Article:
a Determined Worker, Intense Good Worker, Hard Worker and Terrific every day.
But, dear reader, sometimes working too much equals a life where fatigue outweighs fun. So of course, I love this mouse pad from my all-time favorite show The Office because it reminds me to laugh, to be ridiculous, and to be engaged in outrageous nonsense.
In order to maximize my happiness, I have completely quit working. I’m playing with a new motto that shifts my paradigm away from ‘work hard and succeed’ toward ‘play hard and pursue happiness.’ (Can you picture the cheesy bumper sticker with a thumbs-up emoji smiling face? Someone design this, please.)
Since I started this experiment of exchanging work with play, I feel younger, I feel more present, I feel more alive, and I feel free. This freedom motivates me to play harder, smarter and with greater passion. This freedom actually makes me WANT to go to work… I mean, go to play. And sometimes I show up for work twenty minutes early because I can’t wait to get there and engage in the important play of meditation and movement and community.
Try this experiment for yourself. Exchange the word ‘play’ for the word ‘work’ in your daily language and notice what happens in your body. Do you feel fatigued or exuberant? Annoyed or excited? Lethargic or energetic?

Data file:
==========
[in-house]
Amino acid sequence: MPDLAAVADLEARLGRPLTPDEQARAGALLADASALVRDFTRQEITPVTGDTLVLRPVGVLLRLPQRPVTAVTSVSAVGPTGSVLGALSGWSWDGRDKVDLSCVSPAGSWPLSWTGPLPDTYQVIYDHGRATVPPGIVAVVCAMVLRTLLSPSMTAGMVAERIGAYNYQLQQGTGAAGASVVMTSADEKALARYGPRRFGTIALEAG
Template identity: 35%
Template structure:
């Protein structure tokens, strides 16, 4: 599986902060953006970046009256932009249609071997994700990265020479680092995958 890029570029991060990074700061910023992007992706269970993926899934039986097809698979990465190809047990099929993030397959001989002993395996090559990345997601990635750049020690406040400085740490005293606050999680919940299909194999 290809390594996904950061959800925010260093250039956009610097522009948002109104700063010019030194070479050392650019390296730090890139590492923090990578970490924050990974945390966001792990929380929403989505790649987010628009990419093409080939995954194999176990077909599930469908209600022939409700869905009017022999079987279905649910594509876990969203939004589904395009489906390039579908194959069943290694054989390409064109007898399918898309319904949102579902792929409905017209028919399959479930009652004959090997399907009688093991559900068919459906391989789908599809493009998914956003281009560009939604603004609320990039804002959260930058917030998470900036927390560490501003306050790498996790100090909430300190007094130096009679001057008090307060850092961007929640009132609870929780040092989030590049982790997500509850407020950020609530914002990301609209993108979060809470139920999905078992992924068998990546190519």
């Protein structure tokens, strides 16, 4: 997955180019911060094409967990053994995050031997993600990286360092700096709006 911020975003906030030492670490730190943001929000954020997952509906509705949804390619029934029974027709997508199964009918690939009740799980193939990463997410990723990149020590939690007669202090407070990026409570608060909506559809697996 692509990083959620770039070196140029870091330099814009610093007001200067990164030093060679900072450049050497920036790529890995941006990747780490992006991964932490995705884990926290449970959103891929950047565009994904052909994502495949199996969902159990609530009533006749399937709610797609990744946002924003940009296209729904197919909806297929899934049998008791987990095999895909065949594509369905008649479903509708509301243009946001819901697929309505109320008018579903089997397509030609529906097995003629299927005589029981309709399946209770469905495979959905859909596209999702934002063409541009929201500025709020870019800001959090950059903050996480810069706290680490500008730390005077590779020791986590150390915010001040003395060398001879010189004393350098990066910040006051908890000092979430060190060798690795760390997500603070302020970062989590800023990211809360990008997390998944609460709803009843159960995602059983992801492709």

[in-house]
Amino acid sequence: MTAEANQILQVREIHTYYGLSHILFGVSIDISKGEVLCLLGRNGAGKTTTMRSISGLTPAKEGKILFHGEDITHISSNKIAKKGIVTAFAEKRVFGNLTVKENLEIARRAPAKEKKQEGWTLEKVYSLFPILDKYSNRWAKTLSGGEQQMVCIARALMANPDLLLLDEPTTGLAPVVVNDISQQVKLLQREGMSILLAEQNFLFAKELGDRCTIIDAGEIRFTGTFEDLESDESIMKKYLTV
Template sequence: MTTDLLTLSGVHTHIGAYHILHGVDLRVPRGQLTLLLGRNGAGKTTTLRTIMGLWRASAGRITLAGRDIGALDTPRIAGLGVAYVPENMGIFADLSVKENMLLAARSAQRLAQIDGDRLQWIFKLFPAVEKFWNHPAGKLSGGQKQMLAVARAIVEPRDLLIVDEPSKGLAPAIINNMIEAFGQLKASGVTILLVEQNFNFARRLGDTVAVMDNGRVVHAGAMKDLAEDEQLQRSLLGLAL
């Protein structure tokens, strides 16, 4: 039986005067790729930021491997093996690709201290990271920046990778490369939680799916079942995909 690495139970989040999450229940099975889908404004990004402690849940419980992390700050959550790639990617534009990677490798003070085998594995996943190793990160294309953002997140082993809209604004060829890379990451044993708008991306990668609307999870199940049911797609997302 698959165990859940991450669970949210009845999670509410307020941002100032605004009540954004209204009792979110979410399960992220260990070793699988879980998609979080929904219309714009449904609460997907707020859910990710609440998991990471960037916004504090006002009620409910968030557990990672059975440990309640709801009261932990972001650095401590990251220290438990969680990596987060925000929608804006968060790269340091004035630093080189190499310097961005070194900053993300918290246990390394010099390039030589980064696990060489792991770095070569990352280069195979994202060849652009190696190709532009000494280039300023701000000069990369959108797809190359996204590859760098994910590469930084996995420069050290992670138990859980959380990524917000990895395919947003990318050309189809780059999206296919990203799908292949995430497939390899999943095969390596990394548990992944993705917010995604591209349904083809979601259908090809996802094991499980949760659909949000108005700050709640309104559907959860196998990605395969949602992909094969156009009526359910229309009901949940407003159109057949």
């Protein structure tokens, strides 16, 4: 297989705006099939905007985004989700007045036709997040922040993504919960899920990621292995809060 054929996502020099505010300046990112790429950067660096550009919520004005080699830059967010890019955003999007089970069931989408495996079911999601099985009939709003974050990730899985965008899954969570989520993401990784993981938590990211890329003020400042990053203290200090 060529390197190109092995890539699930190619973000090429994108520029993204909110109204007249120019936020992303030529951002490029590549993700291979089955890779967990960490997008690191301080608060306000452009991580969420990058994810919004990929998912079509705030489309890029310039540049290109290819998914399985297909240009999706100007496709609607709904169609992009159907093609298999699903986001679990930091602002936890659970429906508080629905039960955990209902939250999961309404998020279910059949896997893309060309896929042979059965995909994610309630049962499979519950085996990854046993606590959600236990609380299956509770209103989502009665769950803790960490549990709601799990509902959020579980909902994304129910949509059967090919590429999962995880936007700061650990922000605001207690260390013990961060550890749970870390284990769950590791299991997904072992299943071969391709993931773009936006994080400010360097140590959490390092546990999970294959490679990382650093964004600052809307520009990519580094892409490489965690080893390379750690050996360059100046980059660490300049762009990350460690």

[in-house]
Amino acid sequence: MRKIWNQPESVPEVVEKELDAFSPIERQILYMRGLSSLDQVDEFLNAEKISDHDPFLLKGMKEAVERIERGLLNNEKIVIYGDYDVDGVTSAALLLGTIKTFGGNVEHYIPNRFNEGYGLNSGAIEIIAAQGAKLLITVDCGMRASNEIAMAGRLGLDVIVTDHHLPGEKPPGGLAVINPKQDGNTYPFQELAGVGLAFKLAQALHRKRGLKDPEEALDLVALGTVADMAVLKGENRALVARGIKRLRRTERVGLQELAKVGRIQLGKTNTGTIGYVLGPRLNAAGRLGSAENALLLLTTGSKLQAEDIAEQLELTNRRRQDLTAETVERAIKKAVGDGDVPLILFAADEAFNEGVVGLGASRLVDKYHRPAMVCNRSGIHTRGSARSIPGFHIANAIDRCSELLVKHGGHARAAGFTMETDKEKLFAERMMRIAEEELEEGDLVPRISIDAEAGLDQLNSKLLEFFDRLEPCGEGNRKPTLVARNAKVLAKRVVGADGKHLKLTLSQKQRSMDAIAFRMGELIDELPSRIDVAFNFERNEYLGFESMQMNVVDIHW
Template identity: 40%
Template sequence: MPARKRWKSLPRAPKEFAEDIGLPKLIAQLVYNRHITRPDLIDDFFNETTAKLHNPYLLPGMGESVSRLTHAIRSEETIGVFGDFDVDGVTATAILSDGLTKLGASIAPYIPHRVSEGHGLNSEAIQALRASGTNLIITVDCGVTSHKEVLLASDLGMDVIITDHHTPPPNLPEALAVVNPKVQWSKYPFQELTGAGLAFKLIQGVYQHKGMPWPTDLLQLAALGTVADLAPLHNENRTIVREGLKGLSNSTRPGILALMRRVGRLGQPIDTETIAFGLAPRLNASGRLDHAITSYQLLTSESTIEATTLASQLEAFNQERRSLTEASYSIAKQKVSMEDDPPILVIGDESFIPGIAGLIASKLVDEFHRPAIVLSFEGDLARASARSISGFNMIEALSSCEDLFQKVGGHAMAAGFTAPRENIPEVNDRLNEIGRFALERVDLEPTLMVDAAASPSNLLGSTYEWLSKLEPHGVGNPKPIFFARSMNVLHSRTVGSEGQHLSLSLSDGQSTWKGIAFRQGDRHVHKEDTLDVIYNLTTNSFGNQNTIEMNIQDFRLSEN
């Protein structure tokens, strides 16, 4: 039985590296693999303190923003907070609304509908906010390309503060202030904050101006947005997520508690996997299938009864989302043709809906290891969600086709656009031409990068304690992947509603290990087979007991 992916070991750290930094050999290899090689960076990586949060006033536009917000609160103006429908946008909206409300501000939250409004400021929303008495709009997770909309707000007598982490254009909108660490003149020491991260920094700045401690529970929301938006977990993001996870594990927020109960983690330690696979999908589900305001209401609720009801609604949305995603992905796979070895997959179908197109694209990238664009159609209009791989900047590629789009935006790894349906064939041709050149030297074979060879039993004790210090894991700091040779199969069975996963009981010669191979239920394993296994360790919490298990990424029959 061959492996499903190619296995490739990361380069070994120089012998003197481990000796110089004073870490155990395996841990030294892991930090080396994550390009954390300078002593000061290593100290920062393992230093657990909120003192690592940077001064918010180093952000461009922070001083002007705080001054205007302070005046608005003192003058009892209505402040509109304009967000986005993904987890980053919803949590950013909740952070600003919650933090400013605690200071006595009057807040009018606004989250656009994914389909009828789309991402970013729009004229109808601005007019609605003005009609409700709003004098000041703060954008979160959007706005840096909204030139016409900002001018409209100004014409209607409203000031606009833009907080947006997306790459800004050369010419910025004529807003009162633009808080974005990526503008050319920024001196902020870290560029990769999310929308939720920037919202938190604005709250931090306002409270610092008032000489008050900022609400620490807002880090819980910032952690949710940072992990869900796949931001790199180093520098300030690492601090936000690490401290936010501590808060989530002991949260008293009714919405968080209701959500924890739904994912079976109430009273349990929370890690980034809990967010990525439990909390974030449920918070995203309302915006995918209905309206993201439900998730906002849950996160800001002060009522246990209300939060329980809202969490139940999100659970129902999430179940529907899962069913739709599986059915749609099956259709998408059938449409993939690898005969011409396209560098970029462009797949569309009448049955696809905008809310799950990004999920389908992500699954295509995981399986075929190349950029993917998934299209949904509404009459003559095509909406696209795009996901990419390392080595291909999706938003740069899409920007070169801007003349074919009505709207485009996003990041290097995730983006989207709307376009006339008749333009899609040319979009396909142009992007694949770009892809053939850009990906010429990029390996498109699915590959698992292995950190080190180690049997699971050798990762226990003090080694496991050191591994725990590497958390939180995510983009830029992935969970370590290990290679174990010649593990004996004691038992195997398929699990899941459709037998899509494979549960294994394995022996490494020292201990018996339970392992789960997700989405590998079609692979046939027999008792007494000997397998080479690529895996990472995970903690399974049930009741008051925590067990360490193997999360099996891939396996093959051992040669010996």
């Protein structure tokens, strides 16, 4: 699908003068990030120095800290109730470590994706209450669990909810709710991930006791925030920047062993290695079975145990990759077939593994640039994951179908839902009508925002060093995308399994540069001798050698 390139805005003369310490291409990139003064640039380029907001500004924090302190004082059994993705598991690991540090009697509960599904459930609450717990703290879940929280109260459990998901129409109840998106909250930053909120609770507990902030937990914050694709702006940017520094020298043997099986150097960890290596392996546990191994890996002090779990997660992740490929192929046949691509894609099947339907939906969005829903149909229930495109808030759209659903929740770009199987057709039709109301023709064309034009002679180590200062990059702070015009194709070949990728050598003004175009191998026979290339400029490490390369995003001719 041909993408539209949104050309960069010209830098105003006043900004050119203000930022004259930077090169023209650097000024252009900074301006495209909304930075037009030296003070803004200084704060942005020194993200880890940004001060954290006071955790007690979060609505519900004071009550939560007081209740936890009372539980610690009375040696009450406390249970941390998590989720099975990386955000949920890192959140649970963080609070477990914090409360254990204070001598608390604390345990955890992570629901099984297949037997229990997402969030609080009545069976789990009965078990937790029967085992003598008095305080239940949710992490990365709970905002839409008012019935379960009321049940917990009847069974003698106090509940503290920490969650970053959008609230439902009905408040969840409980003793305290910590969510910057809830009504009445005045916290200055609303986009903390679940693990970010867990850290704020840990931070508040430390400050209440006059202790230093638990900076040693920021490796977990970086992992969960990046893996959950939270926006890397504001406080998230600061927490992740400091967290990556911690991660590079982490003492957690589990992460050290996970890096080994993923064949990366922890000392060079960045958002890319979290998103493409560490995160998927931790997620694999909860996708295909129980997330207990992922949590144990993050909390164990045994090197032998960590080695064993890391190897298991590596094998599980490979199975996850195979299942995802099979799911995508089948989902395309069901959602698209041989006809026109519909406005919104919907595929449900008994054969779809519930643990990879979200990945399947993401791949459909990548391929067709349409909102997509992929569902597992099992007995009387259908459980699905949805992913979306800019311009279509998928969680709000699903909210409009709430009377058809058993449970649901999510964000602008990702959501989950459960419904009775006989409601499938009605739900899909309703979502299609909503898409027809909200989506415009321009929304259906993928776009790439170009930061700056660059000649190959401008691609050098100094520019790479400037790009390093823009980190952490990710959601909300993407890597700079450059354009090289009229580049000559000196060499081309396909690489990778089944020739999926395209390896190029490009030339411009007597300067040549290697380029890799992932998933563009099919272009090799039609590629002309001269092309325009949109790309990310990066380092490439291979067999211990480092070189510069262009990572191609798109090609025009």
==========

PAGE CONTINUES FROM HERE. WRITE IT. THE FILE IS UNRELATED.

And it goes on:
Something like… “I have to leave home now, so I can get to play on time. Today when I’m playing I’ll play hard to finish my play. After I play, I’ve got a play event with co-players and then I’ll be home to play in the yard before we go on a walk.” (This is me, describing to my Russell Clive why I’m leaving him home alone. He usually rolls his eyes at his overbearing mother and asks for the iPad to be left out so he can watch YouTube. Teenagers…)
I know it sounds slightly ridiculous, but doesn’t it also sound slightly fun? Doesn’t it also sound like all of the self-imposed stress regarding ‘work‘ might not be as overwhelming as once thought? Doesn’t it also sound like you might start your day smiling?
Alan Watts, the master of mindful living for maximum happiness, says it almost as eloquently as Dwight Shrute:
“This is the real secret in life—to be completely engaged with what you are doing in the here and now. And instead of calling it work, realize it is play.”
So I want you to play. I want you to organize your day around play. I want you to play on your yoga mat and have fun. I want you to play with your family, your friends, your life. I want you to play your hardest, with your entire passionate self.
To play and be fully engaged in order to learn everything about this moment, because it’s the only time it will exist. I want you to laugh uncontrollably and look stress in the eye and say, ‘You, sir, are ridiculous. I don’t have time for you, I’m going to play.’